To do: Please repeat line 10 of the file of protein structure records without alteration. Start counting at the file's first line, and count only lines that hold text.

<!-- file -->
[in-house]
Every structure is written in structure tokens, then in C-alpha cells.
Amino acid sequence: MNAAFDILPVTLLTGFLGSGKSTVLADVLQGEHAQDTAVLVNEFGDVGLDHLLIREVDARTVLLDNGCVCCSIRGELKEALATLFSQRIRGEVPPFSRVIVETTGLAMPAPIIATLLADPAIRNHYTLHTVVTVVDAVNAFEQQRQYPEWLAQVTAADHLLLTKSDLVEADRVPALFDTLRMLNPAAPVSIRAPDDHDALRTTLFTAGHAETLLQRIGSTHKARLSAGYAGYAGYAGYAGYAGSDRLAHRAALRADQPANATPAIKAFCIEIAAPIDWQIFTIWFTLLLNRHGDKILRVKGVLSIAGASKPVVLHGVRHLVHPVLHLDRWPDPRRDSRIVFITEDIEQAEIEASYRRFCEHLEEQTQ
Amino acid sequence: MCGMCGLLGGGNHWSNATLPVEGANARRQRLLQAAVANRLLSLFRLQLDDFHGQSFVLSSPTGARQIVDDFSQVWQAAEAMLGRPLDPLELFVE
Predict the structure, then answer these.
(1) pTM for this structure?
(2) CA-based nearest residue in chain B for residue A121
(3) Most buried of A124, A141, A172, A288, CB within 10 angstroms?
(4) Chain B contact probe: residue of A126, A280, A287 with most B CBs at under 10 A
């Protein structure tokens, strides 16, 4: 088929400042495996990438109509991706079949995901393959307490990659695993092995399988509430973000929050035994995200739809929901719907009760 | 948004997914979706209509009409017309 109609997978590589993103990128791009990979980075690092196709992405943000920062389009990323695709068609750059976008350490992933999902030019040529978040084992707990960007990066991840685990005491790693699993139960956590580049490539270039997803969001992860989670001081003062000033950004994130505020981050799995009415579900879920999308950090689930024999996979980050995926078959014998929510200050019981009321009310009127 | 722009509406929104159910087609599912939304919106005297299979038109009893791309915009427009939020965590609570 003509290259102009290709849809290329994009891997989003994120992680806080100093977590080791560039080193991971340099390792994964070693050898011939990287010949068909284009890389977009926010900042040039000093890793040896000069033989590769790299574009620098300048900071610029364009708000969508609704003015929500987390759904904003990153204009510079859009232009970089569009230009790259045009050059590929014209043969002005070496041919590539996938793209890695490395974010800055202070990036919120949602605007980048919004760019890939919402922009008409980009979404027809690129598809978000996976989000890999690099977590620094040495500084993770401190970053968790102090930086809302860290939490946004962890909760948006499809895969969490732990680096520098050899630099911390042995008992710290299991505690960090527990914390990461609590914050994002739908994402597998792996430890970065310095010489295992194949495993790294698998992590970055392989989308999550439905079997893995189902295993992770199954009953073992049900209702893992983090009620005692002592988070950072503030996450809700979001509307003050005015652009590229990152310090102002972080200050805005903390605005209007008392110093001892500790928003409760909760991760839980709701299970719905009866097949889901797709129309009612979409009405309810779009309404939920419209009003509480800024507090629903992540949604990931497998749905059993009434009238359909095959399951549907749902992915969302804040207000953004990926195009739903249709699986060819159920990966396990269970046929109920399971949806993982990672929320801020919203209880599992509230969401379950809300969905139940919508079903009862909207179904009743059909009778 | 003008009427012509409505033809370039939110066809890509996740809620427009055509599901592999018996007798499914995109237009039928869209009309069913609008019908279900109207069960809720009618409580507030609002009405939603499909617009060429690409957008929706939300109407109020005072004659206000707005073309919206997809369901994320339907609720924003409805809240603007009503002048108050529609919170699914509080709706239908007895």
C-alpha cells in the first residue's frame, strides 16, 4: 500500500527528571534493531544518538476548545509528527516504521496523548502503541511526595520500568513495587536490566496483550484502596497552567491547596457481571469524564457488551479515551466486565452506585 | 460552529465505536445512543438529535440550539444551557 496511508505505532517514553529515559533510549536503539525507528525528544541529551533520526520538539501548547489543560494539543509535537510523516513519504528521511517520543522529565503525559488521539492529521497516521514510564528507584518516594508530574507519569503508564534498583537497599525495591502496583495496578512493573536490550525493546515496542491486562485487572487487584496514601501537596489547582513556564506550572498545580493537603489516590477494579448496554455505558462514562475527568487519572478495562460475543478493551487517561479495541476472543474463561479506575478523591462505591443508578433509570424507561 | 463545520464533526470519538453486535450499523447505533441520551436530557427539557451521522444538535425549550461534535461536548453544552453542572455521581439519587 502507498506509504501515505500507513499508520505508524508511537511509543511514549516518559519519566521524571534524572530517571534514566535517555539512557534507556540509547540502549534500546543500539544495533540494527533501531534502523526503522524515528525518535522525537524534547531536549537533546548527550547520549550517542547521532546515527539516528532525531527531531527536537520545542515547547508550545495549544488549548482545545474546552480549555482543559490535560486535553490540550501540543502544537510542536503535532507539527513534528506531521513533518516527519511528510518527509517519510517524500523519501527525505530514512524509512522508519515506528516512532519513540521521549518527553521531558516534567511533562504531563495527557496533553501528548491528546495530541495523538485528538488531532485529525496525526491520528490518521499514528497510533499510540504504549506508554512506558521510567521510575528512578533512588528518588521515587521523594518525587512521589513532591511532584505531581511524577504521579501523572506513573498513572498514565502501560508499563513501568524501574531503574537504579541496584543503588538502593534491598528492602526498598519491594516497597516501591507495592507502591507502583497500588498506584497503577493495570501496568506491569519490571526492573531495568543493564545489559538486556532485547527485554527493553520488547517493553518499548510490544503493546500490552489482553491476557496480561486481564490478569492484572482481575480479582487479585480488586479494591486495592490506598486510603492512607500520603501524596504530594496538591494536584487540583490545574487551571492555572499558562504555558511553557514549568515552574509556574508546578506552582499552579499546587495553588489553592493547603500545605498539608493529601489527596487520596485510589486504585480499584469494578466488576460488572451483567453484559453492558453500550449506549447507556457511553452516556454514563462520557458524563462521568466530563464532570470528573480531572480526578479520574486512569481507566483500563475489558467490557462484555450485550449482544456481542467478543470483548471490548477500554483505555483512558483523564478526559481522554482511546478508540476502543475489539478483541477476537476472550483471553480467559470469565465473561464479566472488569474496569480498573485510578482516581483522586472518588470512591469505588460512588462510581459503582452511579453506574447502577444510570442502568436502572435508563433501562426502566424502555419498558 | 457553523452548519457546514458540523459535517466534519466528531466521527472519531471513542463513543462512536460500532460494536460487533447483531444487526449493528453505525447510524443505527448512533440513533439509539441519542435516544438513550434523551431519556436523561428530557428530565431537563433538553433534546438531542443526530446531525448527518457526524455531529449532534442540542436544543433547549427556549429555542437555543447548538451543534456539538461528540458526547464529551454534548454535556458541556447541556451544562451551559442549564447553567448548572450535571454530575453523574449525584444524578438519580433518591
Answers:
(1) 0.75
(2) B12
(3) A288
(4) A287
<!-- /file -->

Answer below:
């Protein structure tokens, strides 16, 4: 088929400042495996990438109509991706079949995901393959307490990659695993092995399988509430973000929050035994995200739809929901719907009760 | 948004997914979706209509009409017309 109609997978590589993103990128791009990979980075690092196709992405943000920062389009990323695709068609750059976008350490992933999902030019040529978040084992707990960007990066991840685990005491790693699993139960956590580049490539270039997803969001992860989670001081003062000033950004994130505020981050799995009415579900879920999308950090689930024999996979980050995926078959014998929510200050019981009321009310009127 | 722009509406929104159910087609599912939304919106005297299979038109009893791309915009427009939020965590609570 003509290259102009290709849809290329994009891997989003994120992680806080100093977590080791560039080193991971340099390792994964070693050898011939990287010949068909284009890389977009926010900042040039000093890793040896000069033989590769790299574009620098300048900071610029364009708000969508609704003015929500987390759904904003990153204009510079859009232009970089569009230009790259045009050059590929014209043969002005070496041919590539996938793209890695490395974010800055202070990036919120949602605007980048919004760019890939919402922009008409980009979404027809690129598809978000996976989000890999690099977590620094040495500084993770401190970053968790102090930086809302860290939490946004962890909760948006499809895969969490732990680096520098050899630099911390042995008992710290299991505690960090527990914390990461609590914050994002739908994402597998792996430890970065310095010489295992194949495993790294698998992590970055392989989308999550439905079997893995189902295993992770199954009953073992049900209702893992983090009620005692002592988070950072503030996450809700979001509307003050005015652009590229990152310090102002972080200050805005903390605005209007008392110093001892500790928003409760909760991760839980709701299970719905009866097949889901797709129309009612979409009405309810779009309404939920419209009003509480800024507090629903992540949604990931497998749905059993009434009238359909095959399951549907749902992915969302804040207000953004990926195009739903249709699986060819159920990966396990269970046929109920399971949806993982990672929320801020919203209880599992509230969401379950809300969905139940919508079903009862909207179904009743059909009778 | 003008009427012509409505033809370039939110066809890509996740809620427009055509599901592999018996007798499914995109237009039928869209009309069913609008019908279900109207069960809720009618409580507030609002009405939603499909617009060429690409957008929706939300109407109020005072004659206000707005073309919206997809369901994320339907609720924003409805809240603007009503002048108050529609919170699914509080709706239908007895």